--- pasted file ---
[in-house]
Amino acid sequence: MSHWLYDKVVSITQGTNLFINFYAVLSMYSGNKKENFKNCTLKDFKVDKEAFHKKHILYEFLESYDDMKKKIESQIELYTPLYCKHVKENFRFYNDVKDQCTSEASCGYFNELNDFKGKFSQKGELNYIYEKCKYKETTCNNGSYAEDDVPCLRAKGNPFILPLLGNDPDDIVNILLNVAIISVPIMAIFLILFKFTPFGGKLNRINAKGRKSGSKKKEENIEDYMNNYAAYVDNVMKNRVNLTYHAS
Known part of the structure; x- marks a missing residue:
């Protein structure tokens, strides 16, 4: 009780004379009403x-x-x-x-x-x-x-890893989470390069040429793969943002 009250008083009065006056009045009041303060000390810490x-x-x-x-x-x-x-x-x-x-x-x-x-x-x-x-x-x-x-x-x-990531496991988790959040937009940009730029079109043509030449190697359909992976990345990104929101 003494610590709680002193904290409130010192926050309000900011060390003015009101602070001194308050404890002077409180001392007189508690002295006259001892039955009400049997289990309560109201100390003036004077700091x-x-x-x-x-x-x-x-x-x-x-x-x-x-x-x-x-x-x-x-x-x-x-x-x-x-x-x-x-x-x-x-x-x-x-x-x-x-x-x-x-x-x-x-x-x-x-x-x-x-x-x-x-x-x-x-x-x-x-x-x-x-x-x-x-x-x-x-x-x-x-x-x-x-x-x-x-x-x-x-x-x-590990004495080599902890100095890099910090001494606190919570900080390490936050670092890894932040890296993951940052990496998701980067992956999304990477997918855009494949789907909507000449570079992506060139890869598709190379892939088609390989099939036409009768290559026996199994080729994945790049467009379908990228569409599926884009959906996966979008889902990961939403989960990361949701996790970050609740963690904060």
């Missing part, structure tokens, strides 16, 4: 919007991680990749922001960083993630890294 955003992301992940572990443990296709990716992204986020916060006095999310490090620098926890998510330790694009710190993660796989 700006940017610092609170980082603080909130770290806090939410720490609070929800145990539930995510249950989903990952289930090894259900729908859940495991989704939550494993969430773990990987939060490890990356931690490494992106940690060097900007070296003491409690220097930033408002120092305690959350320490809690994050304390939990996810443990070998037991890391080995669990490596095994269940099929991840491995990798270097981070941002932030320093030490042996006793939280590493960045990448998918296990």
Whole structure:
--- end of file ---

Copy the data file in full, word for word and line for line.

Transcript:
[in-house]
Amino acid sequence: MSHWLYDKVVSITQGTNLFINFYAVLSMYSGNKKENFKNCTLKDFKVDKEAFHKKHILYEFLESYDDMKKKIESQIELYTPLYCKHVKENFRFYNDVKDQCTSEASCGYFNELNDFKGKFSQKGELNYIYEKCKYKETTCNNGSYAEDDVPCLRAKGNPFILPLLGNDPDDIVNILLNVAIISVPIMAIFLILFKFTPFGGKLNRINAKGRKSGSKKKEENIEDYMNNYAAYVDNVMKNRVNLTYHAS
Known part of the structure; x- marks a missing residue:
């Protein structure tokens, strides 16, 4: 009780004379009403x-x-x-x-x-x-x-890893989470390069040429793969943002 009250008083009065006056009045009041303060000390810490x-x-x-x-x-x-x-x-x-x-x-x-x-x-x-x-x-x-x-x-x-990531496991988790959040937009940009730029079109043509030449190697359909992976990345990104929101 003494610590709680002193904290409130010192926050309000900011060390003015009101602070001194308050404890002077409180001392007189508690002295006259001892039955009400049997289990309560109201100390003036004077700091x-x-x-x-x-x-x-x-x-x-x-x-x-x-x-x-x-x-x-x-x-x-x-x-x-x-x-x-x-x-x-x-x-x-x-x-x-x-x-x-x-x-x-x-x-x-x-x-x-x-x-x-x-x-x-x-x-x-x-x-x-x-x-x-x-x-x-x-x-x-x-x-x-x-x-x-x-x-x-x-x-x-590990004495080599902890100095890099910090001494606190919570900080390490936050670092890894932040890296993951940052990496998701980067992956999304990477997918855009494949789907909507000449570079992506060139890869598709190379892939088609390989099939036409009768290559026996199994080729994945790049467009379908990228569409599926884009959906996966979008889902990961939403989960990361949701996790970050609740963690904060």
């Missing part, structure tokens, strides 16, 4: 919007991680990749922001960083993630890294 955003992301992940572990443990296709990716992204986020916060006095999310490090620098926890998510330790694009710190993660796989 700006940017610092609170980082603080909130770290806090939410720490609070929800145990539930995510249950989903990952289930090894259900729908859940495991989704939550494993969430773990990987939060490890990356931690490494992106940690060097900007070296003491409690220097930033408002120092305690959350320490809690994050304390939990996810443990070998037991890391080995669990490596095994269940099929991840491995990798270097981070941002932030320093030490042996006793939280590493960045990448998918296990």
Whole structure: